Mince pies are very medieval in their nature. These rich tarts, filled with dried fruits and spices soaked in alcohol, were a status symbol as only the rich could afford these delicacies. Mince pies are filled with mincemeat – minced meat – and that immediately gives us an insight into the history of this tart. There used to be meat in Mince pies, but nowadays only the suet or kidney fat reminds us of the ‘meaty’ history of this pie. Beef was used in the filling, but also veal or ox tongue and mutton. The latter is, in my opinion, the best combination, although lamb also works well in combination with the spices and fruits and for most people it’s much easier to obtain than mutton.
The first cookbook in the English language, The Forme Of Cury from around 1390, contains various recipes for similar tarts, some even with white fish or salmon instead of meat. The Tarte Of Fleshe in
In the 17th and 18th centuries, Mince pies became much smaller and were made in various shapes and then placed together on a serving dish so that all shapes formed a whole, as if they were different parts of a decorative puzzle.
Although Mince pies made their appearance on every major festive occasion, they have been connected to Christmas since the 19th century. During the Victorian period, Mince pies were made with a base of shortcrust and a top of puff pastry. Only since the 20th century has the meat finally disappeared from the Mince pie recipes in cookbooks. Today only one pastry is used at a time, either shortcrust (which has become traditional) or puff pastry (which is rarely seen).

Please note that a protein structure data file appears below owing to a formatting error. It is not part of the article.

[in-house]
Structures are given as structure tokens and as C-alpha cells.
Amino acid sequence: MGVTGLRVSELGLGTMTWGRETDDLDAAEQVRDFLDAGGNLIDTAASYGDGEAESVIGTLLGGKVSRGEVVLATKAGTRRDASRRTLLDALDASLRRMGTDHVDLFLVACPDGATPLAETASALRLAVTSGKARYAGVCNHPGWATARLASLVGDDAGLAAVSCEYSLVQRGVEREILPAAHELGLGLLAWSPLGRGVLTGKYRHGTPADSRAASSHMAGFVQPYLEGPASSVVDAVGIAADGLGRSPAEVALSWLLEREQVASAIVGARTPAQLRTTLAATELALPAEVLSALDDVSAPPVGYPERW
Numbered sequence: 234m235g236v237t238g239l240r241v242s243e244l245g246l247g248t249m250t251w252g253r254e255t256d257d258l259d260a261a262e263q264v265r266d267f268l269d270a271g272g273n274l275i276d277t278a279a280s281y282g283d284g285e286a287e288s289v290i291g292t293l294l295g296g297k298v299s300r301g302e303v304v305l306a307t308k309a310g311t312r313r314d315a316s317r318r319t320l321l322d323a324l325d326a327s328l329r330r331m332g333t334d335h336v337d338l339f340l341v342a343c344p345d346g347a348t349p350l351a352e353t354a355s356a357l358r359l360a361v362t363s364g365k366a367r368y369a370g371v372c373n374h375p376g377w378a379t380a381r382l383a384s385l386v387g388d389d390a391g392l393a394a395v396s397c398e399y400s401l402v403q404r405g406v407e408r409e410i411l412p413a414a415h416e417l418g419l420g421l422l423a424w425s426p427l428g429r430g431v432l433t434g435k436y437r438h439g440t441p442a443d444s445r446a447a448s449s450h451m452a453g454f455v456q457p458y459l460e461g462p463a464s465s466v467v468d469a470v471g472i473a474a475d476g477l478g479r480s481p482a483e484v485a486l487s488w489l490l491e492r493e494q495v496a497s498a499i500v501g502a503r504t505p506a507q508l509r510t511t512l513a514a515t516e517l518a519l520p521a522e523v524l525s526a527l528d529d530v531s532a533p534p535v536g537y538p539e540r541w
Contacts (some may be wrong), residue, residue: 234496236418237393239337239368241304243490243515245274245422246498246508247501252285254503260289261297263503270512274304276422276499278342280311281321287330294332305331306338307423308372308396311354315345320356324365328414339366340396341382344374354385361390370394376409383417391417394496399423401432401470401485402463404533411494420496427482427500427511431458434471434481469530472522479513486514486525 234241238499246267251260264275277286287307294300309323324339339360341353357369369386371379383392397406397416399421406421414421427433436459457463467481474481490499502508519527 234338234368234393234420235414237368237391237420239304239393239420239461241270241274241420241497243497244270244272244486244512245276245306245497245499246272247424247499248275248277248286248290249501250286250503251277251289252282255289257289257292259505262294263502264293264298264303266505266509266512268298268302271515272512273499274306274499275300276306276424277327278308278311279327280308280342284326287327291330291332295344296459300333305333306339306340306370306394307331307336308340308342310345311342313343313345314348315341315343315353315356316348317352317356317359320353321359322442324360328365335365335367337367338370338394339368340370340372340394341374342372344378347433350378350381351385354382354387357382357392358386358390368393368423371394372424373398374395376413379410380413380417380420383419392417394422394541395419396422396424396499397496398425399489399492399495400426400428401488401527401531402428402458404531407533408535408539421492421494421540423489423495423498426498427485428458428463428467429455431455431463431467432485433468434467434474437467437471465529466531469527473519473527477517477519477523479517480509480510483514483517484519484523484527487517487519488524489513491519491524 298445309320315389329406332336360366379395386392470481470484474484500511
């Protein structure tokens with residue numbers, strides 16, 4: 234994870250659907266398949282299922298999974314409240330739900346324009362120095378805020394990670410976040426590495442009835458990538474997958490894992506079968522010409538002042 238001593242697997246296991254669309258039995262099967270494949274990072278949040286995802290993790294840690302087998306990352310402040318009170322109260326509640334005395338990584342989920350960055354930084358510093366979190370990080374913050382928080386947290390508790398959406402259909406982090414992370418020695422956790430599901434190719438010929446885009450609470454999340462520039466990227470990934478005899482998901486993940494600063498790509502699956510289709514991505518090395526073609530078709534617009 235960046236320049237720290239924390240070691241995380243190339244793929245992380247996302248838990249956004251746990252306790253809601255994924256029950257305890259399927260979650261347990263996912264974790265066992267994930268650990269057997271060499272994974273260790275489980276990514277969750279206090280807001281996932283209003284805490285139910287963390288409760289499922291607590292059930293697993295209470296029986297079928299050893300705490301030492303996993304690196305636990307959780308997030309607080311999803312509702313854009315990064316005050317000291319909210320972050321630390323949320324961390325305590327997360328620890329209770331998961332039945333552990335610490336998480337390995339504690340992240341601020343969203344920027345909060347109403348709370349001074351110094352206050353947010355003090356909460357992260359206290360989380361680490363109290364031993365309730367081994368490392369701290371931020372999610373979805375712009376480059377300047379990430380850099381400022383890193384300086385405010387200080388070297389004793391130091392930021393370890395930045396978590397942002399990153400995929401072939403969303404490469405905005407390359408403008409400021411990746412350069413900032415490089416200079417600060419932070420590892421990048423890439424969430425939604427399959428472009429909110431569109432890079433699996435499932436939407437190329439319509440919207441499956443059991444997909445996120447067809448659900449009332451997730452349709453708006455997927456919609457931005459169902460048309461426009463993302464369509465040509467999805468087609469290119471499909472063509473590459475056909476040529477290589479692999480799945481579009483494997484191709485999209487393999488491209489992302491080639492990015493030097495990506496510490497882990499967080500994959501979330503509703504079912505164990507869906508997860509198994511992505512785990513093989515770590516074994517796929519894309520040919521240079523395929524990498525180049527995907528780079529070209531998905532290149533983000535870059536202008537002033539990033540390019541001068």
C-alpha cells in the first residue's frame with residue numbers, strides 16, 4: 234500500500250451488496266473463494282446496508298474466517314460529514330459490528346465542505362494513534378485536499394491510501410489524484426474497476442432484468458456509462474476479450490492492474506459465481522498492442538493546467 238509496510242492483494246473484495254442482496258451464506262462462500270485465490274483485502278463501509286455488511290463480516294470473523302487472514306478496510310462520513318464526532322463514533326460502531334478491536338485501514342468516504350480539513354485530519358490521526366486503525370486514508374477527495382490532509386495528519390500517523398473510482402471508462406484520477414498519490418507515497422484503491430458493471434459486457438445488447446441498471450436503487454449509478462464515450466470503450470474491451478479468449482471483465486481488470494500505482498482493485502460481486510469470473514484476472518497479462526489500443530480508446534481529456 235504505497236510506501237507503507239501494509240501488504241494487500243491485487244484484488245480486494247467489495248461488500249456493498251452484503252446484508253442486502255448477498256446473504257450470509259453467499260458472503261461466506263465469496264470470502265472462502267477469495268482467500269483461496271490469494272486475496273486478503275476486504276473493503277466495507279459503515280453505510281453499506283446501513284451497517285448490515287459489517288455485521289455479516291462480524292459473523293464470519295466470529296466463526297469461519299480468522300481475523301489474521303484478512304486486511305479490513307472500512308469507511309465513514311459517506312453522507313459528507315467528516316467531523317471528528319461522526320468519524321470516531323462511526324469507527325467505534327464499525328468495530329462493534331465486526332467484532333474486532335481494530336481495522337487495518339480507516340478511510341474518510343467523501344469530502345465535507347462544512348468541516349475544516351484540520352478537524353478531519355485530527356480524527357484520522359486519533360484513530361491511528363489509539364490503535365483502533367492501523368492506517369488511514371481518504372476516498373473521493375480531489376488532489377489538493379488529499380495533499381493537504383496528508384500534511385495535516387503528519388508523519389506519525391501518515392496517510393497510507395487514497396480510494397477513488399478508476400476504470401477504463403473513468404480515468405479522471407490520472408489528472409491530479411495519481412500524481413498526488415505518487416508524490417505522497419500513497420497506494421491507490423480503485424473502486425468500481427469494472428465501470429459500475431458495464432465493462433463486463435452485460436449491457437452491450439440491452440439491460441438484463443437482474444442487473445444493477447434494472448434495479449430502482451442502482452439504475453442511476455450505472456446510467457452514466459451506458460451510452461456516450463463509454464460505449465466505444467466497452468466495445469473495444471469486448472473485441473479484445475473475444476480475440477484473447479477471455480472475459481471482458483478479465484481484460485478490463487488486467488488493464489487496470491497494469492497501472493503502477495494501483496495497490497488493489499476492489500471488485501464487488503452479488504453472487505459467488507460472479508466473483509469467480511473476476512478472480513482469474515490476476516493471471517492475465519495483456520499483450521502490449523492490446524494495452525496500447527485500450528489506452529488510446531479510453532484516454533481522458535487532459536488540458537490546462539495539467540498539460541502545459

The combination of fruits and spices is often diverse, but raisins, currants and candied lemon, cedro and/or orange peel are standard. Some old recipes also contain prunes, dates, figs or candied ginger. Spices are usually cinnamon, cloves, mace and nutmeg. There is always grated apple or pear and sometimes also lemon or orange juice – mostly from Seville oranges (these are very acidic and also the basis for English marmalade).
You can make the mincemeat in this large quantity and store it in the fridge for up to 6 months in sterilised preserving jars. It’s best made a month in advance so that the flavours can mature. You can use it for different recipes in this book, such as the Cumberland rum nicky and the Eccles cakes.
These tarts are made with a finer shortcrust pastry than the other tarts in this book.
Put all the ingredients for the mincemeat in a bowl and add the brandy or rum to cover the fruit. Stir well, then let it rest overnight. The next day, stir again and then divide among sterilised preserving jars.
To make the pastry, mix the flour, sugar and salt in a large bowl. Rub the butter into the mixture with your fingers until it is the consistency of fine breadcrumbs. Add the water and egg yolk and knead until the mixture comes together into a smooth dough. Alternatively, use a food processor to make the pastry. Wrap the dough in plastic wrap and let it rest for 30 minutes in the refrigerator.
Briefly knead the pastry until smooth, then pat it into a rectangle and roll it out to a thickness of
Knead the remaining dough back together and roll it out to cut out the lids – you can choose whichever shape you like, but stars are the most traditional.
Divide the filling among the tarts and press down gently. Place the lids on top and brush with the egg wash.
Serve warm or cold.
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